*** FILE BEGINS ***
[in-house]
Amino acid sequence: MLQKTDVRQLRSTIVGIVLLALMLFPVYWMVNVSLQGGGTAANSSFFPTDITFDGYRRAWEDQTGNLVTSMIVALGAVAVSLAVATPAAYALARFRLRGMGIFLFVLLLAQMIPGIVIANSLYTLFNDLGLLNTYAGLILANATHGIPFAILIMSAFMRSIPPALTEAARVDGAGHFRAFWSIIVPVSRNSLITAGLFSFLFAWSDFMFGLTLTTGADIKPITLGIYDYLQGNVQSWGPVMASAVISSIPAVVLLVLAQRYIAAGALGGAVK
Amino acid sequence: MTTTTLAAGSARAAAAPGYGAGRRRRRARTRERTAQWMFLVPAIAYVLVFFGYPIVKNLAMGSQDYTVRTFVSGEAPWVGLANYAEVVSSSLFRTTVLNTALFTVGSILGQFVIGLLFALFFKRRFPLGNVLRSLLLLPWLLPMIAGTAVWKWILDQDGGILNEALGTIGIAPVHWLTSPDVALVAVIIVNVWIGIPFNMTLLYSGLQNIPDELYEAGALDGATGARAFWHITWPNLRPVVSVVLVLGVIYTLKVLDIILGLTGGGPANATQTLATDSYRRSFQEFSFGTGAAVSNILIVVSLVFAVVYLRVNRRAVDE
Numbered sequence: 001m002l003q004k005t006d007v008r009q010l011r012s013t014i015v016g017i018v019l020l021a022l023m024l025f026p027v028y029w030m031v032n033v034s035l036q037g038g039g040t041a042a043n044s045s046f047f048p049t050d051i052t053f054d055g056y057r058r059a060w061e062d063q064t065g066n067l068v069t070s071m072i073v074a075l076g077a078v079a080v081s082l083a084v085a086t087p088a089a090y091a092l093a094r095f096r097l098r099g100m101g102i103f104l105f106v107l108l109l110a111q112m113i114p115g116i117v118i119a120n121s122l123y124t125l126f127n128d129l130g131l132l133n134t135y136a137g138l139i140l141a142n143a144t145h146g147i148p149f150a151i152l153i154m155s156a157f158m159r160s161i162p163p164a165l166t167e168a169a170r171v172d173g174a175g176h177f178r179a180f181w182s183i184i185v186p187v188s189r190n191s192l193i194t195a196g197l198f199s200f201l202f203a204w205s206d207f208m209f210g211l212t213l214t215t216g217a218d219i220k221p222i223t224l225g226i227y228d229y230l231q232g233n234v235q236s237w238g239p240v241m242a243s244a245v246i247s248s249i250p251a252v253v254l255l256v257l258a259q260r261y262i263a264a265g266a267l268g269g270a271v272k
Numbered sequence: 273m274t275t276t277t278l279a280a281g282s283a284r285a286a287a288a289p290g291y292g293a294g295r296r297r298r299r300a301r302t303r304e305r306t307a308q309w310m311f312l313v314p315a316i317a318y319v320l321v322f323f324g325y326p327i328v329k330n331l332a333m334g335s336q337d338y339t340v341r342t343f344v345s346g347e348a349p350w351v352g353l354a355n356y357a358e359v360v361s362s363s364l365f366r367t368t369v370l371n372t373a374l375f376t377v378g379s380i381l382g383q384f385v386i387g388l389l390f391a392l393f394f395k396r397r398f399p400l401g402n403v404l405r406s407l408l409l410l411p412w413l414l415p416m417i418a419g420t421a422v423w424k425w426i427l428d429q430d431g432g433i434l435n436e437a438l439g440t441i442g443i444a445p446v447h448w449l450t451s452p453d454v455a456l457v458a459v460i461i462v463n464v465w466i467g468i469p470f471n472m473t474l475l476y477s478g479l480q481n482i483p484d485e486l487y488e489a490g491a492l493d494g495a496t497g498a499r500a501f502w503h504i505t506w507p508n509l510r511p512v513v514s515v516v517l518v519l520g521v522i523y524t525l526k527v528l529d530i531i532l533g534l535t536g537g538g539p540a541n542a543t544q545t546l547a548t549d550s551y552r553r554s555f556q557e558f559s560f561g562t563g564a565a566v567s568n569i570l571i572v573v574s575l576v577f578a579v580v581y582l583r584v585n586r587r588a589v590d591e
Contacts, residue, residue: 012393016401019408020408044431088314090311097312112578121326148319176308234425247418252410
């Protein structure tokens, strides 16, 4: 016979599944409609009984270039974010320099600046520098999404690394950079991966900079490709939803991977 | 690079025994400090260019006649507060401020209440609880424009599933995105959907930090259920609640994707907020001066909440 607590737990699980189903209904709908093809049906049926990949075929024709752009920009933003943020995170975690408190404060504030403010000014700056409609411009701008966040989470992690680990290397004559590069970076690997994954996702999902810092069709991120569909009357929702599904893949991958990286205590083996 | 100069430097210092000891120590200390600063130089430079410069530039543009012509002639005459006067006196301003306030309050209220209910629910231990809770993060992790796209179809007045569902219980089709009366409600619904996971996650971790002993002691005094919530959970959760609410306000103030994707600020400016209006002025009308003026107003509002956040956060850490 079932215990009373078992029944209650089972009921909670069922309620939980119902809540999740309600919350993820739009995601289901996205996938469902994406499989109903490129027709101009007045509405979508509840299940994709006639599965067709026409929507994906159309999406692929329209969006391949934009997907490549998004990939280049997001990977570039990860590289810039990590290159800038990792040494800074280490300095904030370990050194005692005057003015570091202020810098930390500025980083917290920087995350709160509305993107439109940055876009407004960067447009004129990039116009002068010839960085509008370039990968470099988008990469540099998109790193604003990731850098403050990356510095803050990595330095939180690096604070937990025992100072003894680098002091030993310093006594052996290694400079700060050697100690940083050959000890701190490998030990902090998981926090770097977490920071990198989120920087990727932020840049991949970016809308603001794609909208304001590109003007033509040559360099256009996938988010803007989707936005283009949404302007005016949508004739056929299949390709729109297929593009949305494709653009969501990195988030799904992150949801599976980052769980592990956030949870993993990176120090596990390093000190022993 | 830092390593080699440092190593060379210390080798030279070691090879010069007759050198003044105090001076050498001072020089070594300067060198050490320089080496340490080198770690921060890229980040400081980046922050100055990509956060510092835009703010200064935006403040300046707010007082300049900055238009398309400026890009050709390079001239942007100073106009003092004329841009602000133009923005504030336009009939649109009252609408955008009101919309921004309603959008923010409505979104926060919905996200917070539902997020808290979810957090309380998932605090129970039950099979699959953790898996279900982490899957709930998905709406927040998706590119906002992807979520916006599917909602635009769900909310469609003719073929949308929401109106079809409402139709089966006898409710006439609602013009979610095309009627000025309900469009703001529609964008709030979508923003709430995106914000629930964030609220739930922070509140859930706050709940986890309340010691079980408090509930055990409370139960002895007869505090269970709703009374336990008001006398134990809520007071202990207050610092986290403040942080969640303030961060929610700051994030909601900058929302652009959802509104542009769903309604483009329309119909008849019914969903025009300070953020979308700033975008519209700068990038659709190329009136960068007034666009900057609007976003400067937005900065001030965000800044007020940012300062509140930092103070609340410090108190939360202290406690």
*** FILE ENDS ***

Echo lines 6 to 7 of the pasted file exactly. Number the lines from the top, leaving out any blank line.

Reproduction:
Contacts, residue, residue: 012393016401019408020408044431088314090311097312112578121326148319176308234425247418252410
């Protein structure tokens, strides 16, 4: 016979599944409609009984270039974010320099600046520098999404690394950079991966900079490709939803991977 | 690079025994400090260019006649507060401020209440609880424009599933995105959907930090259920609640994707907020001066909440 607590737990699980189903209904709908093809049906049926990949075929024709752009920009933003943020995170975690408190404060504030403010000014700056409609411009701008966040989470992690680990290397004559590069970076690997994954996702999902810092069709991120569909009357929702599904893949991958990286205590083996 | 100069430097210092000891120590200390600063130089430079410069530039543009012509002639005459006067006196301003306030309050209220209910629910231990809770993060992790796209179809007045569902219980089709009366409600619904996971996650971790002993002691005094919530959970959760609410306000103030994707600020400016209006002025009308003026107003509002956040956060850490 079932215990009373078992029944209650089972009921909670069922309620939980119902809540999740309600919350993820739009995601289901996205996938469902994406499989109903490129027709101009007045509405979508509840299940994709006639599965067709026409929507994906159309999406692929329209969006391949934009997907490549998004990939280049997001990977570039990860590289810039990590290159800038990792040494800074280490300095904030370990050194005692005057003015570091202020810098930390500025980083917290920087995350709160509305993107439109940055876009407004960067447009004129990039116009002068010839960085509008370039990968470099988008990469540099998109790193604003990731850098403050990356510095803050990595330095939180690096604070937990025992100072003894680098002091030993310093006594052996290694400079700060050697100690940083050959000890701190490998030990902090998981926090770097977490920071990198989120920087990727932020840049991949970016809308603001794609909208304001590109003007033509040559360099256009996938988010803007989707936005283009949404302007005016949508004739056929299949390709729109297929593009949305494709653009969501990195988030799904992150949801599976980052769980592990956030949870993993990176120090596990390093000190022993 | 830092390593080699440092190593060379210390080798030279070691090879010069007759050198003044105090001076050498001072020089070594300067060198050490320089080496340490080198770690921060890229980040400081980046922050100055990509956060510092835009703010200064935006403040300046707010007082300049900055238009398309400026890009050709390079001239942007100073106009003092004329841009602000133009923005504030336009009939649109009252609408955008009101919309921004309603959008923010409505979104926060919905996200917070539902997020808290979810957090309380998932605090129970039950099979699959953790898996279900982490899957709930998905709406927040998706590119906002992807979520916006599917909602635009769900909310469609003719073929949308929401109106079809409402139709089966006898409710006439609602013009979610095309009627000025309900469009703001529609964008709030979508923003709430995106914000629930964030609220739930922070509140859930706050709940986890309340010691079980408090509930055990409370139960002895007869505090269970709703009374336990008001006398134990809520007071202990207050610092986290403040942080969640303030961060929610700051994030909601900058929302652009959802509104542009769903309604483009329309119909008849019914969903025009300070953020979308700033975008519209700068990038659709190329009136960068007034666009900057609007976003400067937005900065001030965000800044007020940012300062509140930092103070609340410090108190939360202290406690």